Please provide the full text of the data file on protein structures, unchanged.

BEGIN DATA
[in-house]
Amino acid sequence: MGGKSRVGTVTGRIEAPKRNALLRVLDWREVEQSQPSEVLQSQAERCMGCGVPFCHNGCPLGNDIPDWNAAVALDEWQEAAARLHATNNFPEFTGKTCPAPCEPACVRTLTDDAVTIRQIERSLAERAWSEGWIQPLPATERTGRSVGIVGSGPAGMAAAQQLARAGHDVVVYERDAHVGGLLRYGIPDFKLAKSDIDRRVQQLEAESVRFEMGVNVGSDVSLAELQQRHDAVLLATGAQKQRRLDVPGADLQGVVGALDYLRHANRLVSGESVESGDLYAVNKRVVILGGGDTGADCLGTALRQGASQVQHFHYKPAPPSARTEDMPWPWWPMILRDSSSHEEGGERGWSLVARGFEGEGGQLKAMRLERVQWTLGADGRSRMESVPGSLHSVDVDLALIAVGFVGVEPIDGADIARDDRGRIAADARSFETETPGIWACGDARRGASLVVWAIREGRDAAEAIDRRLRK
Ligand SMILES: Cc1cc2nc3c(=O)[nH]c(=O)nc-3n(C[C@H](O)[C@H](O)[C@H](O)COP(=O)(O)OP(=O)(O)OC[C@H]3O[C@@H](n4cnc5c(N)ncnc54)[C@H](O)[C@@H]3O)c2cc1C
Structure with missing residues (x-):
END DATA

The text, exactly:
[in-house]
Amino acid sequence: MGGKSRVGTVTGRIEAPKRNALLRVLDWREVEQSQPSEVLQSQAERCMGCGVPFCHNGCPLGNDIPDWNAAVALDEWQEAAARLHATNNFPEFTGKTCPAPCEPACVRTLTDDAVTIRQIERSLAERAWSEGWIQPLPATERTGRSVGIVGSGPAGMAAAQQLARAGHDVVVYERDAHVGGLLRYGIPDFKLAKSDIDRRVQQLEAESVRFEMGVNVGSDVSLAELQQRHDAVLLATGAQKQRRLDVPGADLQGVVGALDYLRHANRLVSGESVESGDLYAVNKRVVILGGGDTGADCLGTALRQGASQVQHFHYKPAPPSARTEDMPWPWWPMILRDSSSHEEGGERGWSLVARGFEGEGGQLKAMRLERVQWTLGADGRSRMESVPGSLHSVDVDLALIAVGFVGVEPIDGADIARDDRGRIAADARSFETETPGIWACGDARRGASLVVWAIREGRDAAEAIDRRLRK
Ligand SMILES: Cc1cc2nc3c(=O)[nH]c(=O)nc-3n(C[C@H](O)[C@H](O)[C@H](O)COP(=O)(O)OP(=O)(O)OC[C@H]3O[C@@H](n4cnc5c(N)ncnc54)[C@H](O)[C@@H]3O)c2cc1C
Structure with missing residues (x-):